On March 11, the OSCE chair, Switzerland’s Foreign Minister Didier Burkhalter, declared the referendum as unconstitutional and therefore the OSCE would not send observers. OSCE military observers attempted to enter the region four times but were turned away, sometimes after warning shots were fired, which was another reason given for not dispatching referendum observers OSCE also published a report about their observations which “produced significant evidence of equipment consistent with the presence of Russian Federation military personnel in the vicinity of the various roadblocks encountered»

    The UN Human Rights Envoy Ivan Simonovic had to cancel his trip to Crimea as the current situation did not permit his travel.

    He intended to observe the human rights situation which was Russia’s explanation for its engagement in Crimea Russian state-owned media and referendum organizers claimed that from nearly 70 to 135 international observers monitored the referendum without reporting any violations, but objectivity of these has been questioned, because many of them had ties to far-right extremist groups like goden down and La Pen that have received funding for their parties from Mosow… Russia funds French National Front: is Moscow sowing European unrest Russia has also reportedly lent money to Greece’s neofascist Golden Dawn, Italy’s Northern League and other anti-Europe parties AND NOT ONE OBSERVER from the UN or OSCE…

    Moreover, any referendum on the status of a territory should have been preceded by serious negotiations among all stakeholders. Such negotiations did not take place. Many scholars and politicians[who?] have stated that the referendum was conducted under the cover of assault rifles and, thus, the result was obtained through violence ccording to article 73 of the 1996 Constitution of Ukraine and article 3 of the 2012 Ukrainian law “On all-Ukrainian referendum”, territorial changes can only be approved via a referendum where all the citizens of Ukraine are allowed to vote, including those that do not reside in Crimea.

    The Central Election Commission of Ukraine also stated that there are no judicial possibilities, according to the legislation of Ukraine, to initiate such changes,, According to News the campaign leading up to the referendum was “almost entirely pro-Russian” Pro-Russian election posters often featured swastikas in an alleged attempt to portray the Ukrainian government as neo-Nazis Shortly after the referendum was called Ukrainian TV channels were made unavailable for Crimean viewers, some of them were replaced with Russian stations. The News also stated it had received reports of violence against pro-Ukrainian activists. Unsigned billboards and leaflets campaigning for the referendum, describing new Ukraine government as fascists and showing economic reasons to join Russia, appeared throughout Crimea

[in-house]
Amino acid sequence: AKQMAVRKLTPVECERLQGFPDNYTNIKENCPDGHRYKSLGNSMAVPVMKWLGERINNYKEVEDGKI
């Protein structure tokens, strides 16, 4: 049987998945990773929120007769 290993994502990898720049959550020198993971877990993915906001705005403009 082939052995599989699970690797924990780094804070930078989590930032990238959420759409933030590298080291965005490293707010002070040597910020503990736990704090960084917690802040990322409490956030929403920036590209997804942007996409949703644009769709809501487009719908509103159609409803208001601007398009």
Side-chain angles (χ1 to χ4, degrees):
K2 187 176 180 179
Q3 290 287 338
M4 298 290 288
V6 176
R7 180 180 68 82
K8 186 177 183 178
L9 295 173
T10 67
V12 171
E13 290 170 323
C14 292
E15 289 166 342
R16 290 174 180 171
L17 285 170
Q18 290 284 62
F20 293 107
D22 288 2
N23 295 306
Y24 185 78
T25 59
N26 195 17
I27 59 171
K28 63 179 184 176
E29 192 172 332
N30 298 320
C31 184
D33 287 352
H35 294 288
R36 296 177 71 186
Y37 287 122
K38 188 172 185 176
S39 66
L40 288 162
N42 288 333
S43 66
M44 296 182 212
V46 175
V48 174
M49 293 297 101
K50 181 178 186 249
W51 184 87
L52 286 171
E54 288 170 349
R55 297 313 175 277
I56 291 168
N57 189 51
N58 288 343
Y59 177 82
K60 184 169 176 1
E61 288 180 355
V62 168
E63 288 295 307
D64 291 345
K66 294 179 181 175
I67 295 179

http://www.theweek.co.uk/europe/61498/russia-funds-french-national-front-is-moscow-sowing-european-unrest According to Yale historian

    In Crimea, there was no pre-existing crisis, no attempt to discuss the situation with the Ukrainian government, no involvement of the United Nations, and no attempt at a negotiated solution. Russia annexed part of Ukraine’s territory in less than 30 days. It has sought to justify its illegal and illegitimate annexation, in part, by pointing to a “referendum” that was inconsistent with Ukrainian law, held under conditions of illegal armed occupation with no freedom of expression or media access for the opposition, and without any credible international monitoring.


    The earlier published documents, and materials that have emerged more recently, make clear that the transfer of Crimea from the RSFSR to the UkrSSR was carried out in accordance with the 1936 Soviet constitution, which in Article 18 stipulated that “the territory of a Union Republic may not be altered without its consent.” The proceedings of the USSR Supreme Soviet Presidium meeting indicate that both the RSFSR and the UkrSSR had given their consent via their republic parliaments.

    One of the officials present at the 19 February session, Otto Kuusinen, even boasted that “only in our country [the USSR] is it possible that issues of the utmost importance such as the territorial transfer of individual oblasts to a particular republic can be decided without any difficulties.” One might argue that the process in 1954 would have been a lot better if it had been complicated and difficult, but no matter how one judges the expeditiousness of the territorial reconfiguration, the main point to stress here is that it is incorrect to say (as some Russian commentators and government officials recently have) that Crimea was transferred unconstitutionally or illegally. The legal system in the Soviet Union was mostly a fiction, but the transfer did occur in accordance with the rules in effect at the time.

    Moreover, regardless of how the transfer was carried out, the Russian Federation expressly accepted Ukraine’s 1991 borders both in the December 1991 Belovezhskaya Pushcha accords (the agreements that precipitated and codified the dissolution of the Soviet Union) and in the December 1994 Budapest Memorandum that finalized Ukraine’s status as a non-nuclear weapons state.